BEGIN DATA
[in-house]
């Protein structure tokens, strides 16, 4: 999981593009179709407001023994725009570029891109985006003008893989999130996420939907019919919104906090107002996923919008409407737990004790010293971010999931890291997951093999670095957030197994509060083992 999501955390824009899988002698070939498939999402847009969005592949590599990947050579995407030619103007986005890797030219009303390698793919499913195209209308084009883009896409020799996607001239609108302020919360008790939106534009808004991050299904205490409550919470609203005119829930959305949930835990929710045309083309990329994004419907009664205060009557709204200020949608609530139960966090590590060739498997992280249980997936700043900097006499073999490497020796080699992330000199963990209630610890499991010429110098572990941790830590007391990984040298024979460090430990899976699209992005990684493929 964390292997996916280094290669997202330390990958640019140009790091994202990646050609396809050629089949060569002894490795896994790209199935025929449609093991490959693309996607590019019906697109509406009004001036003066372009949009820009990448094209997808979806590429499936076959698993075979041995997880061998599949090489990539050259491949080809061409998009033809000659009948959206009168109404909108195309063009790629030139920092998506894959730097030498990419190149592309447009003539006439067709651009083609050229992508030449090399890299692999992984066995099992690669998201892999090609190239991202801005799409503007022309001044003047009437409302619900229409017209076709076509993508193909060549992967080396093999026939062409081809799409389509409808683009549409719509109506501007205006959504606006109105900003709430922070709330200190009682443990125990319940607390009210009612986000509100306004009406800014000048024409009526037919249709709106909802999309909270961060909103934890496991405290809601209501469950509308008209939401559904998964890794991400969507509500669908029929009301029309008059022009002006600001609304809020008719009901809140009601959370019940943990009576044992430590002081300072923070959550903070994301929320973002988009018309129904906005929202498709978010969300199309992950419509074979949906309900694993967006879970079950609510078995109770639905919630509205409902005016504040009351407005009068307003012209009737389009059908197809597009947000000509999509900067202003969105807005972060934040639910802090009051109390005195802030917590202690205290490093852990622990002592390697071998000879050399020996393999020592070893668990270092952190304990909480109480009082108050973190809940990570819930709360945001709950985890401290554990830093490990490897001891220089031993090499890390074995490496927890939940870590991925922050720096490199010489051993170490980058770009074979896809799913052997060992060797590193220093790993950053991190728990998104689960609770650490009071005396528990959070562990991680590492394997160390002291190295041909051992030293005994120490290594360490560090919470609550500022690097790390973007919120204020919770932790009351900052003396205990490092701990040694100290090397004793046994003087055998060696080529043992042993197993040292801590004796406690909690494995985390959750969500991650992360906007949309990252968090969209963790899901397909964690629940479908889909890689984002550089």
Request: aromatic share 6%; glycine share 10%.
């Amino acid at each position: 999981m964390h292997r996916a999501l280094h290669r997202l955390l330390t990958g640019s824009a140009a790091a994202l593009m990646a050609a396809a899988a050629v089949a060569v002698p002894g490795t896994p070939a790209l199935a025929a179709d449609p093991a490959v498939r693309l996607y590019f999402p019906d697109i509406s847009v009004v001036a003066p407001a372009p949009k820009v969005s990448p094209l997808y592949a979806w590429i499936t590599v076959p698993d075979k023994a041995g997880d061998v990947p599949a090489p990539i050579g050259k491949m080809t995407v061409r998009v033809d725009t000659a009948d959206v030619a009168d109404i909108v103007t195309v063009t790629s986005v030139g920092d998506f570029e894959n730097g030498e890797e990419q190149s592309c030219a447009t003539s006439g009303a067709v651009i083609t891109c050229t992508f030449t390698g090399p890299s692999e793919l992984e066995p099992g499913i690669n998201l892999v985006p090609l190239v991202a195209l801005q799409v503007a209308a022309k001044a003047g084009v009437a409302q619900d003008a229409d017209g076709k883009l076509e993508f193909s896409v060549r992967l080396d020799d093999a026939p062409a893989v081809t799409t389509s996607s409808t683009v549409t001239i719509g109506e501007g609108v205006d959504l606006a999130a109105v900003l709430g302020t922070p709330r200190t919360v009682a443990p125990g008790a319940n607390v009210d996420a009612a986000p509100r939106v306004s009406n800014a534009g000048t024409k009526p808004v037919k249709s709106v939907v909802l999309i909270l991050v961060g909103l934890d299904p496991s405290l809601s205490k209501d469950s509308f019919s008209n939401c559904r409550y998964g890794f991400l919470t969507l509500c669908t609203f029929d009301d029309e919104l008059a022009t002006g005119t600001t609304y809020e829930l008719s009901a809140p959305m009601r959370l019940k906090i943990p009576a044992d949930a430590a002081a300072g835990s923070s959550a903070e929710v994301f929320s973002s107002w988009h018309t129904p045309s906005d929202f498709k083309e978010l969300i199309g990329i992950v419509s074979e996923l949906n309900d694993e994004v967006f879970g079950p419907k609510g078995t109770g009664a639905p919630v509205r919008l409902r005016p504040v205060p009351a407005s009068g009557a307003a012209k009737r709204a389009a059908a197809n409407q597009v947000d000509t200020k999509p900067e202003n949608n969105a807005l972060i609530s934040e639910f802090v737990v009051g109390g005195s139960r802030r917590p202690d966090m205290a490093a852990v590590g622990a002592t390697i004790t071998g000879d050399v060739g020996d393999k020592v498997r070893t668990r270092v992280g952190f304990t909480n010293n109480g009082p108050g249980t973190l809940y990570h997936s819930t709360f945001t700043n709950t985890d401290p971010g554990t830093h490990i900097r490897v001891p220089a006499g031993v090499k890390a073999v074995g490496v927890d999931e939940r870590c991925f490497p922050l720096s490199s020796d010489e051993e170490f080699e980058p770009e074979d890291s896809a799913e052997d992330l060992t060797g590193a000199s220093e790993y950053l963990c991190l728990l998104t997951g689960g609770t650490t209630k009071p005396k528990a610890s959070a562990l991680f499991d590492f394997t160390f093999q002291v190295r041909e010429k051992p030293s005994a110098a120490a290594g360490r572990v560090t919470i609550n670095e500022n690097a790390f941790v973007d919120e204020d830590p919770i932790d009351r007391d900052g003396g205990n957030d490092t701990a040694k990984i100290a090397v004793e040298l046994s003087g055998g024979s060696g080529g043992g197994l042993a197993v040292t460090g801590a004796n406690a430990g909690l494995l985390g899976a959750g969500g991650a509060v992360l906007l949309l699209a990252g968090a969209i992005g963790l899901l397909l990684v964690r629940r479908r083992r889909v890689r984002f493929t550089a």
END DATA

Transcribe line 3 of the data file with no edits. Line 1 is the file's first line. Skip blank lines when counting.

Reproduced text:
Request: aromatic share 6%; glycine share 10%.